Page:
Have I Got The Right Fit?
The suit should feel like a second skin. Snug and comfortably form- fitting. The suit will become supple when you are in the water. Stand straight and pull the neoprene at the abdomen away from your mid-section. you should feel suction. If the suit is too large, folds of neoprene will be evident in the mid section, rear or crotch areas. if the suit is too small there will be an uncomfortable tightness pulling down on the shoulders and up in the crotch area. Movement will be restricted. You should be able to comfortably raise your arms above your head and bend at the waist to touch the knees/toes.
There are different suits for each season as well. Most suits come in a summer and winter styles, the only difference being the thickness of the material. Summer suits will be 3/2, this being 3mm in the main body, keeping your main organs warm (the important bits) and 2mm in the arms and legs (the bits that move the most). Where as winter suits will be 5/3 or 5/4/3, so 5mm in the body and 3 to 4mm in the arms and legs. You can also get shorties which are just the summer suit styles with the arms and legs chopped off so you can get more freedom to move. Also spring suits which have full length legs and short arms, so a bit of both!
Basic Entry Suits: If you’re after a suit that will keep the chill off while you have fun in the water, then the basic entry suits are just for you. Starting from around £60 for adult sizes, these suits are widely used by the surf schools for their great value and performance. Normally they incorporate bright colours to ensure you’re seen in the water. This is great if you’re just starting out, as life guards and instructors can always see where you are. They are constructed using “flat lock stitching” on the seams of the suit. This is where the neoprene material is overlapped and the sewn together. This type of stitching ensures durability and comfort.
Mid Range Suits: Next in line we have the mid range suits. These suits are ideal if you’re planning on spending that little bit longer in the water while you’re practicing to become the UK’s next pro surfer. The good thing about these suits is they incorporate some great technical features while still not breaking the bank. One of the main features is the stretch panels used on the suit. These are made from a stretchier neoprene material and are normally found under the arms and on the legs, which means they don’t give any resistance and stretch with the movement of your body. This enables you to become less fatigued while paddling and moving around in the water, so you can put all you’ve got into becoming a pro!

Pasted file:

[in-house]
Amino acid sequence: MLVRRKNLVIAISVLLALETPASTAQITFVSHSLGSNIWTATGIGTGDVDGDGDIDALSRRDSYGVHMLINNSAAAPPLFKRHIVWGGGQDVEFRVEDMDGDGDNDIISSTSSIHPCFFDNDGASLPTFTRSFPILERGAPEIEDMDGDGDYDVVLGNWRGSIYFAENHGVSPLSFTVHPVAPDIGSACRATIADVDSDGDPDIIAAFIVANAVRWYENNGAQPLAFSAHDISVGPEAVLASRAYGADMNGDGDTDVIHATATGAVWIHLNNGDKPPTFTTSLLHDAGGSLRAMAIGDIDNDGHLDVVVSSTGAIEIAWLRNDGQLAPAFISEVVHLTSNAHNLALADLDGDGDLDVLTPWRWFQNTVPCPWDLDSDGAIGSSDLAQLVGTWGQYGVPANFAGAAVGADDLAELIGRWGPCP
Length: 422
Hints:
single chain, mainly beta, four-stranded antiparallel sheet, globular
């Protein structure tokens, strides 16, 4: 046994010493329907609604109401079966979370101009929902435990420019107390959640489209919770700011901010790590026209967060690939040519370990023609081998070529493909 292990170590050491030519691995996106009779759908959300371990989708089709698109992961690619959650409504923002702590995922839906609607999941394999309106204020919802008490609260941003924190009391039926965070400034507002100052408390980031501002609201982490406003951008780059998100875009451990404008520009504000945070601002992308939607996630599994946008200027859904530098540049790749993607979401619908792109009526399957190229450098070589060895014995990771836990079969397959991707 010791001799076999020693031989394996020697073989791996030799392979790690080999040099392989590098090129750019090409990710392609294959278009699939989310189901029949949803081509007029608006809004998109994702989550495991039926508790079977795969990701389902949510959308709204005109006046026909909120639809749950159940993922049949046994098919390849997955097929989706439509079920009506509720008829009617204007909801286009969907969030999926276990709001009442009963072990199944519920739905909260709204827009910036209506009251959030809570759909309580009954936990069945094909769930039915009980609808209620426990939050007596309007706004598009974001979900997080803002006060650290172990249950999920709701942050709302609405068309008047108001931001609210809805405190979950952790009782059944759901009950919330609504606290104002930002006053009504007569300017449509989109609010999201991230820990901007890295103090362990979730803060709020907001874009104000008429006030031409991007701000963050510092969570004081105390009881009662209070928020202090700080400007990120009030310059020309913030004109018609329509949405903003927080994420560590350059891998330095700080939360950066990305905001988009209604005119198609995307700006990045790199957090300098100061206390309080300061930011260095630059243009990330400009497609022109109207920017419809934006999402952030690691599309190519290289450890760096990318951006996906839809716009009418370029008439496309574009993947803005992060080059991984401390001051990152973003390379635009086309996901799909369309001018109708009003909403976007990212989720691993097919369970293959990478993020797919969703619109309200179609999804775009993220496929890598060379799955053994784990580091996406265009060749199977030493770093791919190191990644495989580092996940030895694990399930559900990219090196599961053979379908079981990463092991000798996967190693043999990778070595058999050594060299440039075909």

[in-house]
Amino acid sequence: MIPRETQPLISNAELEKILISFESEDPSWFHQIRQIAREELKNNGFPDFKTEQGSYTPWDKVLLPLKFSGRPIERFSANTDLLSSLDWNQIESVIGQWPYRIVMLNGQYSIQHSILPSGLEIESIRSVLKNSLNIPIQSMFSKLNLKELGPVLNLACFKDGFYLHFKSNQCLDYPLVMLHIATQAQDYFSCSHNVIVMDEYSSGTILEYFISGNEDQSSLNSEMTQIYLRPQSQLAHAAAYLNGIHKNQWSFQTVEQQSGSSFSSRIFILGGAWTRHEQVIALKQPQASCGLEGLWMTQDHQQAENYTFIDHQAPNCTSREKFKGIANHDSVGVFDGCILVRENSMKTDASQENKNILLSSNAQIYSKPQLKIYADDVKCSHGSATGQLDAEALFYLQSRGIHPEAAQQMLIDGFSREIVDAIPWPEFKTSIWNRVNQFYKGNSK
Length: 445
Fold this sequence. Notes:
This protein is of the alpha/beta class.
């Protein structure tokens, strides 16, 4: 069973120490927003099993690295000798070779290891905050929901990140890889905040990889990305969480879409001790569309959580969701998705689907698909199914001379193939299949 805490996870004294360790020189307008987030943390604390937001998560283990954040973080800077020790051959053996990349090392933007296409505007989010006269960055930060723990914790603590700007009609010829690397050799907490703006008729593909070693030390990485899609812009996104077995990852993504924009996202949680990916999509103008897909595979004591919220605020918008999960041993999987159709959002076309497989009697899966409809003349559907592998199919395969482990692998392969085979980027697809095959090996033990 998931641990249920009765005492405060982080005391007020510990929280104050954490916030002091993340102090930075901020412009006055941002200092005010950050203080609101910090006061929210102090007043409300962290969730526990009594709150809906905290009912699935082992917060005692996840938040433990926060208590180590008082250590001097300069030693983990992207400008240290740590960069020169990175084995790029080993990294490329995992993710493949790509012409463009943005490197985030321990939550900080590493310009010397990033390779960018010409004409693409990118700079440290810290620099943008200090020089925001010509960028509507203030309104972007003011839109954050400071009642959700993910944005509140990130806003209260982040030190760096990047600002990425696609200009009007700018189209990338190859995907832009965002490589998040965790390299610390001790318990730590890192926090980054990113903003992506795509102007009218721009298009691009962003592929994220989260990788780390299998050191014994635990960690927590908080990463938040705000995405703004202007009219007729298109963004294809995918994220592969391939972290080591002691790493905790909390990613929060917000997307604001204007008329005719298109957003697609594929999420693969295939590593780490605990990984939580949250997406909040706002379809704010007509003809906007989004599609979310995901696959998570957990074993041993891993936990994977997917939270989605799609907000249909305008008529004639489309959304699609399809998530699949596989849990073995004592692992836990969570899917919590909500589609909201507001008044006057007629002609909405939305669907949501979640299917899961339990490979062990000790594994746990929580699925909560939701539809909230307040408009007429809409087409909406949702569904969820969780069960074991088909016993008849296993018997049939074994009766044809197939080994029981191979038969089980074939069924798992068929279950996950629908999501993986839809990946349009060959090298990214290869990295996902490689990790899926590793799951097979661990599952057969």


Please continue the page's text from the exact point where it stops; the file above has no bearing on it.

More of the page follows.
The stitching used on these suits is called “blind stitch”. This is done by gluing the seam together and then stitching part way through the neoprene. This prevents water entering through the stitching, keeping you warmer and in the water longer. All this technical stuff coupled with some great styling and brilliant value makes these really good suits.
Top End Suits: Then we have the top end suits, the cream of the crop, the big daddies. These suits offer it all and are ideal for those who really love the surf. The technology used in these suits can enable you to stay in the water for quite a while giving you all the time you need to perfect your style. A large majority if not all of the panels on these suits are made from the super stretchy neoprene really making it feel like a “second skin”, giving you a lot of freedom and a brilliant fit. The stitching used is very similar to the blind stitch but has an added advantage. A water resistant tape is applied on one side of the stitching or on some suits both sides! This “fluid seam” doesn’t allow water flow in the suit and can keep you warm for ages. Some other added features can include inner back panel (or batwing) which protects you from water entry from the zip or neck, stash pockets to keep your wax comb or keys, extra comfort on the neck and wrist seals and loads more. Each suit is different and offers different extra features.
If you are still not sure what’s best for you or just need some helpful advice then get in touch.
Email us on firstname.lastname@example.org
Call us on (01723) 377565
Or just call in store
Unit 5 Kepwick House Peasholm Gap Scarborough YO12 7TN
The team are always happy to help!